City of Aspen says Amendment 74 would cripple local government
City Manager Steve Barwick on Monday warned council members of the impacts Amendment 74 would have on their ability to legislate and the potential hit to taxpayers if voters approve the ballot measure this fall.
The ballot question asks Colorado voters to amend the state Constitution that requires local governments to compensate a property owner if a law or regulation reduces the fair-market value of his or her land.
“If approved, it would give compensation to any property owner on virtually anything due to any government action or inaction … any ordinance, any zoning change you make, any paving or failure to pave a street, any changes in bus routes, any setback variances you give to a next-door neighbor,” Barwick told council. “Anything under the sun is eligible for a lawsuit for any amount they can demonstrate to the courts that government action has changed the value of their property.”
Douglas Bruce, the registered agent for the committee that supports Amendment 74, said the measure simply protects private-property owners from overzealous government officials and does not address public property such as roads and bus routes.
“This is designed to restrain the berserk tendency of government to regulate private property,” he said Tuesday in a phone interview. “One of the principles of society, certainly in America, is you have to be responsible for your actions and government must feel the consequences of its actions.”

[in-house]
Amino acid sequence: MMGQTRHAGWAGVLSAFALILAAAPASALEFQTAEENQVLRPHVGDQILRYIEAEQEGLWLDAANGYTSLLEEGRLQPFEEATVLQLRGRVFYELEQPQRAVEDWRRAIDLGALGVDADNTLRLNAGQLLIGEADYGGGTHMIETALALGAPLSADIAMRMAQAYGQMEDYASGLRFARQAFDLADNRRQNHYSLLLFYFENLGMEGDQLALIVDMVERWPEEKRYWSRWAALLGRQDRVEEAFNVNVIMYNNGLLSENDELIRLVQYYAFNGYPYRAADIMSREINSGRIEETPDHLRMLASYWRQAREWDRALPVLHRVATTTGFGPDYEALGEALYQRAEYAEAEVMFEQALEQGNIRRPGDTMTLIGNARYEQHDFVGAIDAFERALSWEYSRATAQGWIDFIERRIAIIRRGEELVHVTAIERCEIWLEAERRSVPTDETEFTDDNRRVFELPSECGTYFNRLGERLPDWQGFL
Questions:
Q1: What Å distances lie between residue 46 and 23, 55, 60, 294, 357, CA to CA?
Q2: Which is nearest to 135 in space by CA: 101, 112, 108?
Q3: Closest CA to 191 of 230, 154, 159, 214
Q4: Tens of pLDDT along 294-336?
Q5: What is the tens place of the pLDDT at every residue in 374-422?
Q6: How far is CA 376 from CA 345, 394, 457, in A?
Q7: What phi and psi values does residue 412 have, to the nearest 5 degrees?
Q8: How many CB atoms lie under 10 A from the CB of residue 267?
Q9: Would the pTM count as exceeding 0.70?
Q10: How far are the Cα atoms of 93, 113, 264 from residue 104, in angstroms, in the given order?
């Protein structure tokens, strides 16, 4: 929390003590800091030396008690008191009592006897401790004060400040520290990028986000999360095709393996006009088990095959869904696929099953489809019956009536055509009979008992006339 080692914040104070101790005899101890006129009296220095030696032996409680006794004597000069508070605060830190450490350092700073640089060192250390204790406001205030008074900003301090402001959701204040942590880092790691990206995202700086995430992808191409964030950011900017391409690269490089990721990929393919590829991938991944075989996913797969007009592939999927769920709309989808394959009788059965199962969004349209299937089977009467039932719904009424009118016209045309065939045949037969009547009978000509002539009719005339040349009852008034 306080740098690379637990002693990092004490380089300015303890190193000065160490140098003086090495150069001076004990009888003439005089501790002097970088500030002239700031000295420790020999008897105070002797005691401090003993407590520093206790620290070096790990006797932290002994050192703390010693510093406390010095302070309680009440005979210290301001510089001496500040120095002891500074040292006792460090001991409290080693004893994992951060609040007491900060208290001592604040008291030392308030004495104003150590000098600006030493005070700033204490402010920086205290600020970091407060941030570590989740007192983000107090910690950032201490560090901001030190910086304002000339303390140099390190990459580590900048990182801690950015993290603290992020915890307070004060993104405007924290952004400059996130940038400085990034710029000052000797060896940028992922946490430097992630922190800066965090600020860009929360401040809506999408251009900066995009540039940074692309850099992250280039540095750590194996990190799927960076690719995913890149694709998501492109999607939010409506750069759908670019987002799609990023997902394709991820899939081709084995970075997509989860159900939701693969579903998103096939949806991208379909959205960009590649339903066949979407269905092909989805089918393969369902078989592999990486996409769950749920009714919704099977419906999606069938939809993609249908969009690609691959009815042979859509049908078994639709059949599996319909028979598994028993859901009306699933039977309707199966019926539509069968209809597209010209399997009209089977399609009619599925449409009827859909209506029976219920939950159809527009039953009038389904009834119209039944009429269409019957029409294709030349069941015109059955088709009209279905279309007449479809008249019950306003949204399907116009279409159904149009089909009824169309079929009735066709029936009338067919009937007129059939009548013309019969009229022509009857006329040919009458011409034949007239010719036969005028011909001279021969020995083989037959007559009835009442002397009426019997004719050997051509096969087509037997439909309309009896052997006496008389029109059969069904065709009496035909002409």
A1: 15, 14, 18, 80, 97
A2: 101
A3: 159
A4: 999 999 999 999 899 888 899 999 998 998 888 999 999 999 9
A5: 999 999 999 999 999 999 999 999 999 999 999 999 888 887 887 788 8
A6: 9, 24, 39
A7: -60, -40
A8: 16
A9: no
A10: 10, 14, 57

Bruce is the author of Colorado’s Taxpayer Bill of Rights (TABOR), which is a spending limitation measure approved by voters in 1992.
Aspen City Council has been briefed about Amendment 74 in a packet of information distributed by the Colorado Municipal League, which is opposing the measure.
“Litigation costs will be significant, and definitely affect city and town budgets in a manner that existing programs and services may well be constricted or eliminated,” reads the CML’s website about Amendment 74, which notes that it’s a reaction to the setback proposal for energy companies included in Proposition 112. “Impacts upon municipal decision-making will be extensive and damaging. … This is all about specific oil and gas producers protecting their bottom line at the expense of Colorado’s citizens.”
Barwick told council that he will prepare more information and give it to council for its consideration in passing a formal resolution opposing the ballot question.
Councilman Adam Frisch said sometimes that can backfire. For instance, the public may rally around an issue if the government is against it. But he said he agrees that Amendment 74 is bad for local governments and towns.
“This would obviously be devastating for a lot of different things,” he said. “This is probably the most anti-establishment piece of legislation anyone can come up with.”
Aspen Valley Hospital’s board of directors showed their support this week for a property-tax increase officials say would generate another $2.4 million in revenue in its first year for the local ambulance authority.
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